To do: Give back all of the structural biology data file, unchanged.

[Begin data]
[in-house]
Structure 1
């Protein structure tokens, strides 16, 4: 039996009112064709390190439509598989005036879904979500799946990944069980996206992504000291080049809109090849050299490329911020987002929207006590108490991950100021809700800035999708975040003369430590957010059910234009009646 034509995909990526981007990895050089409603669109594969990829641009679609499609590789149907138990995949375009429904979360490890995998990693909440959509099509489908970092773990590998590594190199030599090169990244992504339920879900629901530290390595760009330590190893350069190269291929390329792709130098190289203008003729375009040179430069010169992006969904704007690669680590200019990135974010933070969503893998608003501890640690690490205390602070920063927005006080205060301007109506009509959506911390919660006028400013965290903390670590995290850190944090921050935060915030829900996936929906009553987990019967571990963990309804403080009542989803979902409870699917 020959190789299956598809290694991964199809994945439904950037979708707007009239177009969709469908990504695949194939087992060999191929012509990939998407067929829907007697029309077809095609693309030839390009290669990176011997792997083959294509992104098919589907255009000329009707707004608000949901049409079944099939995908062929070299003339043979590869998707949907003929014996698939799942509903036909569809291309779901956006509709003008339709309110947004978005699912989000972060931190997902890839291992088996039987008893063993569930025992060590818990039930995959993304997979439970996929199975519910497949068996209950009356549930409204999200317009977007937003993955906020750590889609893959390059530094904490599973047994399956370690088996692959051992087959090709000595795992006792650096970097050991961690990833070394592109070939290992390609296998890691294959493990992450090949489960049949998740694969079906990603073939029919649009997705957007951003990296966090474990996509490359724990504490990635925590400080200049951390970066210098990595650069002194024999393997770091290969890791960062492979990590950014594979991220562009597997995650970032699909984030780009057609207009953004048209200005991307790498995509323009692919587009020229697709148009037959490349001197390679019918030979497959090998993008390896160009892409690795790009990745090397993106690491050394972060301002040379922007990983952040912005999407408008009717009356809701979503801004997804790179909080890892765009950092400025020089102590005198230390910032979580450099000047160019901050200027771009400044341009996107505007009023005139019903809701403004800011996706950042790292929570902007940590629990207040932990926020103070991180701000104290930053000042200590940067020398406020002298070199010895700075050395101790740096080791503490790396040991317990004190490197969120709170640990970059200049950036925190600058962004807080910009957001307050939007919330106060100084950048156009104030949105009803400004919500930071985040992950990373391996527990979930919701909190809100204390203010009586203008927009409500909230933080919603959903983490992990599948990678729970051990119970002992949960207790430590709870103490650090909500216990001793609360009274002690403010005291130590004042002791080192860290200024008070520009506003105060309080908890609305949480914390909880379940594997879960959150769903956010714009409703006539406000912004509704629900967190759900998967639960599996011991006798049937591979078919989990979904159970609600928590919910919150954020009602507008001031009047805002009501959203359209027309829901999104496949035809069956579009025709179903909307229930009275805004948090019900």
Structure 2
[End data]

[in-house]
Structure 1
């Protein structure tokens, strides 16, 4: 039996009112064709390190439509598989005036879904979500799946990944069980996206992504000291080049809109090849050299490329911020987002929207006590108490991950100021809700800035999708975040003369430590957010059910234009009646 034509995909990526981007990895050089409603669109594969990829641009679609499609590789149907138990995949375009429904979360490890995998990693909440959509099509489908970092773990590998590594190199030599090169990244992504339920879900629901530290390595760009330590190893350069190269291929390329792709130098190289203008003729375009040179430069010169992006969904704007690669680590200019990135974010933070969503893998608003501890640690690490205390602070920063927005006080205060301007109506009509959506911390919660006028400013965290903390670590995290850190944090921050935060915030829900996936929906009553987990019967571990963990309804403080009542989803979902409870699917 020959190789299956598809290694991964199809994945439904950037979708707007009239177009969709469908990504695949194939087992060999191929012509990939998407067929829907007697029309077809095609693309030839390009290669990176011997792997083959294509992104098919589907255009000329009707707004608000949901049409079944099939995908062929070299003339043979590869998707949907003929014996698939799942509903036909569809291309779901956006509709003008339709309110947004978005699912989000972060931190997902890839291992088996039987008893063993569930025992060590818990039930995959993304997979439970996929199975519910497949068996209950009356549930409204999200317009977007937003993955906020750590889609893959390059530094904490599973047994399956370690088996692959051992087959090709000595795992006792650096970097050991961690990833070394592109070939290992390609296998890691294959493990992450090949489960049949998740694969079906990603073939029919649009997705957007951003990296966090474990996509490359724990504490990635925590400080200049951390970066210098990595650069002194024999393997770091290969890791960062492979990590950014594979991220562009597997995650970032699909984030780009057609207009953004048209200005991307790498995509323009692919587009020229697709148009037959490349001197390679019918030979497959090998993008390896160009892409690795790009990745090397993106690491050394972060301002040379922007990983952040912005999407408008009717009356809701979503801004997804790179909080890892765009950092400025020089102590005198230390910032979580450099000047160019901050200027771009400044341009996107505007009023005139019903809701403004800011996706950042790292929570902007940590629990207040932990926020103070991180701000104290930053000042200590940067020398406020002298070199010895700075050395101790740096080791503490790396040991317990004190490197969120709170640990970059200049950036925190600058962004807080910009957001307050939007919330106060100084950048156009104030949105009803400004919500930071985040992950990373391996527990979930919701909190809100204390203010009586203008927009409500909230933080919603959903983490992990599948990678729970051990119970002992949960207790430590709870103490650090909500216990001793609360009274002690403010005291130590004042002791080192860290200024008070520009506003105060309080908890609305949480914390909880379940594997879960959150769903956010714009409703006539406000912004509704629900967190759900998967639960599996011991006798049937591979078919989990979904159970609600928590919910919150954020009602507008001031009047805002009501959203359209027309829901999104496949035809069956579009025709179903909307229930009275805004948090019900």
Structure 2